Contact

Dr. Tobias Schuwerk, Dipl.-Psych.
Developmental Psychology
Ludwig-Maximilians-Universität München
Leopoldstr. 13
80802 München
Germany

E-mail
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Researchgate
Institutional website

Research

Social interaction relies on a range of cognitive processes dedicated to make sense of other’s and our own behavior. A powerful tool to explain and predict behavior is Theory of Mind, our ability to attribute mental states, such as beliefs, intentions or desires to others and ourselves. I study Theory of Mind in children and adults with and without autism. I am particularly interested in its (neuro-)cognitive basis and its development during childhood. I try to find out if –and if so, how– the cognitive processes underlying Theory of Mind work differently in people with autism. Further, I investigate when and how we mentalize in our everyday lives. I employ a range of methods including behavioral measures, fMRI, TMS, experience sampling method and passive mobile sensing.

Current projects

Heureka! A platform for participatory autism research

It has long been claimed that direct experiences of autistic people and their parents are crucial to inform and guide theoretically important and practically relevant research. Yet, structures that enable systematic participation are often missing. Heureka! addresses this issue. In this forum, autistic and non-autistic people collaborate on designing autism research that can make the highest possible contribution to improving living conditions of autistic people and their families. Only a systematic participation of people with autism and their families helps to prevent that researchers introduce a bias from their non-autistic point of view to their research, without hearing the experts on their own: people with autism. This project is developed in cooperation with Leonhard Schilbach and Hanna Thaler (MPI for Psychiatry, Munich).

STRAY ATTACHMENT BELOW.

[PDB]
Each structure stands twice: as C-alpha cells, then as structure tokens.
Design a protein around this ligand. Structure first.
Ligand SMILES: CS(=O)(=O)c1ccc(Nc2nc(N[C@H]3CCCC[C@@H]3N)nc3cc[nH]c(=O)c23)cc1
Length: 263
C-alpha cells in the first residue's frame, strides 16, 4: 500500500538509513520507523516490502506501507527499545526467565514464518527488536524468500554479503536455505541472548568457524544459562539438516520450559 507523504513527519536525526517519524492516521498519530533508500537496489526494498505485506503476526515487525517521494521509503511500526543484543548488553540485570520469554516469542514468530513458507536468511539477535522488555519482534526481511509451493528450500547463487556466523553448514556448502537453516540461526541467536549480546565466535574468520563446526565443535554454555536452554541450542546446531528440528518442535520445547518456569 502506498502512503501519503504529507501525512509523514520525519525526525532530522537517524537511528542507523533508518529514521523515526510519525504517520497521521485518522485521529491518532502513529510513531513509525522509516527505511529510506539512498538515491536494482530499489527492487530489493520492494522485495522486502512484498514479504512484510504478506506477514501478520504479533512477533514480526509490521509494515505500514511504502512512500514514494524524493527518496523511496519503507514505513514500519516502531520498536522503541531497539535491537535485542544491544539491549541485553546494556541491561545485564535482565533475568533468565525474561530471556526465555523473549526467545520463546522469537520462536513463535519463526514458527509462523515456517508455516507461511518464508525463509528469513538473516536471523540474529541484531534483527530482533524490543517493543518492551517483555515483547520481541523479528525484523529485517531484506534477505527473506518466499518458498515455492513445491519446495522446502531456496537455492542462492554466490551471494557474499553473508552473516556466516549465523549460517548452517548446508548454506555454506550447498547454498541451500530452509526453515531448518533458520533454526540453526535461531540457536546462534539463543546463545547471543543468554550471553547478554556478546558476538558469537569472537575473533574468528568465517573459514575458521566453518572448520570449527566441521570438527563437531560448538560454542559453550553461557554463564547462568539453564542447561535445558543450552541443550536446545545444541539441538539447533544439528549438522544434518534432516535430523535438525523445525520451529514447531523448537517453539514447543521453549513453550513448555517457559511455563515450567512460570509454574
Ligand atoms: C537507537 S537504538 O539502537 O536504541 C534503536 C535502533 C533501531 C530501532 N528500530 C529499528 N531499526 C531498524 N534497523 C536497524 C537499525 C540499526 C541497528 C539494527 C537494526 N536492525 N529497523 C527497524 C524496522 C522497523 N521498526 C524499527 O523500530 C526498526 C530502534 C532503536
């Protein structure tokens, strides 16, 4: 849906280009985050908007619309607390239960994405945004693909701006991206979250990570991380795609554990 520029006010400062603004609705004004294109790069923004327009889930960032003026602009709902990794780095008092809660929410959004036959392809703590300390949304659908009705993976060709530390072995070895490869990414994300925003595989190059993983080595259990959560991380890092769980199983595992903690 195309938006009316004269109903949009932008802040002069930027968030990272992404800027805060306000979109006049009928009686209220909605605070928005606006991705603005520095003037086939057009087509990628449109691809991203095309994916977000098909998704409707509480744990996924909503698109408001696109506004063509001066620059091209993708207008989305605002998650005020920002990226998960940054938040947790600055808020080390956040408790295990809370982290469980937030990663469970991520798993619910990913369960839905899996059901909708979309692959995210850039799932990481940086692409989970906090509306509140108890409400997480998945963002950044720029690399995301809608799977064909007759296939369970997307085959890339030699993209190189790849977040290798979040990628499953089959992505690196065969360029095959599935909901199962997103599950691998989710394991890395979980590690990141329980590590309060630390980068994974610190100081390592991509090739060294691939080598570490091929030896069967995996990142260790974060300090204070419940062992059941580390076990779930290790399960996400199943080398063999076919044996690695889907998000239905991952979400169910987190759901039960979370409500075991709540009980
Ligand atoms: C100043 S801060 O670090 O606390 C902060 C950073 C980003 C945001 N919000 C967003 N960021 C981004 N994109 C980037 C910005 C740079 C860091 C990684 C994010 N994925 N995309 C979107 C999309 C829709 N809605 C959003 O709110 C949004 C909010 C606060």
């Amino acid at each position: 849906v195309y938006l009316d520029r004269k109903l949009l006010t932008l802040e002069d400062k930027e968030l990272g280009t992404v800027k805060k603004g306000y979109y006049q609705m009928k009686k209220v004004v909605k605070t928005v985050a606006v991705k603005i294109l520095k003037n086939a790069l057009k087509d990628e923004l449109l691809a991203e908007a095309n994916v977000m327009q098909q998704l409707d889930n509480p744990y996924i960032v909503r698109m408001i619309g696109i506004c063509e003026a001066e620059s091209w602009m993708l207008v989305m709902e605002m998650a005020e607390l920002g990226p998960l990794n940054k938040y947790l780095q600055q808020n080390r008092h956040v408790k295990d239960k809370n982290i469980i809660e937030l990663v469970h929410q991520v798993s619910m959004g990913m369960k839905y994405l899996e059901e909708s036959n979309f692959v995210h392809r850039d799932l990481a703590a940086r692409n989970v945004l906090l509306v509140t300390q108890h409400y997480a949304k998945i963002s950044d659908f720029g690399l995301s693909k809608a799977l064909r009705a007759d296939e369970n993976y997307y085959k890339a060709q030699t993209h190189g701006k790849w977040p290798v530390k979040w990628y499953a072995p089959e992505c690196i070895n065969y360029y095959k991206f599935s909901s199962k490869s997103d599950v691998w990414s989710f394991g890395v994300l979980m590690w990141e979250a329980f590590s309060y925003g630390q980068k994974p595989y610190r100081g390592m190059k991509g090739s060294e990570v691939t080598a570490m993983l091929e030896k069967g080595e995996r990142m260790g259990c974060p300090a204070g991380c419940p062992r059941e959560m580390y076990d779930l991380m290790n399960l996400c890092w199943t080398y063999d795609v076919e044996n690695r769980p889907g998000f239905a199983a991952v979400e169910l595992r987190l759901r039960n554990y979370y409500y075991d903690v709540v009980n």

For details and updates on the project visit: heureka-autismusforschungsforum.org
For an English version click here.

The role of language in early Theory of Mind development

Language development contributes to the acquisition of explicit Theory of Mind from the age of three onwards. Recent research suggests that explicit Theory of Mind, acquired at around four years of age, is preceded by implicit Theory of Mind, a preverbal way of processing other’s mental states. To date, we lack systematic knowledge about developmental relations between language and both forms of Theory of Mind before age four. In a longitudinal and microgenetic training study, the role of language in the transition from implicit, preverbal understanding of the mind to later explicit, verbal Theory of Mind, is addressed investigated. I am a Co-PI on this project which is funded by the German Research Foundation (DFG).

ManyBabies2: A multi-lab study on Infant Theory of Mind

A number of recent partial or failed replications of influential studies on Theory of Mind in infancy challenge the assumption that children are sensitive to another person’s false belief before four years of age. The current empirical situation regarding the robustness and validity of spontaneous or implicit Theory of Mind in infancy is complex and puzzling. As a response to this unsatisfying situation, experts in the field recently launched a comprehensive, systematic, large-scaled multi-lab replication project under the umbrella of the ManyBabies project. This project, called “ManyBabies 2 (Implicit Theory of Mind)” aims at systematically replicating and validating key findings on Theory of Mind in infancy. Crucially, original authors and authors of failed replication attempts are working together to carve out optimal methodological procedures. In a first step, the anticipatory looking paradigm by Southgate, Senju, and Csibra (2007) is conceptually replicated. All involved researchers form the ManyBabies2 consortium. Together with Hannes Rakoczy and Mike C. Frank I am currently coordinating this project.

For details and updates on this project visit: manybabies.github.io.

Publications

Preprints

Schuwerk, T., Kaltefleiter, L.J., Au, Q., Hoesl, A., & Stachl, C. (2018, November 6). Enter the Wild: Autistic Traits and Their Relationship to Mentalizing and Social Interaction in Everyday Life. DOI: 10.31234/osf.io/rxatn

2019

Ganglmayer, K., Schuwerk, T., Sodian, B., & Paulus, M. (2019). Do Children and Adults with Autism Spectrum Condition Anticipate Others’ Actions as Goal-Directed? A Predictive Coding Perspective. Journal of Autism and Developmental Disorders. Link.

Grosso, S.S., Schuwerk, T., Kaltefleiter, L. J., & Sodian, B. (2019). 33-month-old children succeed in a false belief task with reduced processing demands: A replication of Setoh et al.(2016). Infant Behavior and Development, 54 151-155. DOI: 10.1016/j.infbeh.2018.09.012.

2018

Schuwerk, T., Priewasser, B., Sodian, B., & Perner, J. (2018). The Robustness and Generalizability of Findings on Spontaneous False Belief Sensitivity. A Replication attempt. Royal Society Open Science, 5(5): 172273 DOI: 10.1098/rsos.172273.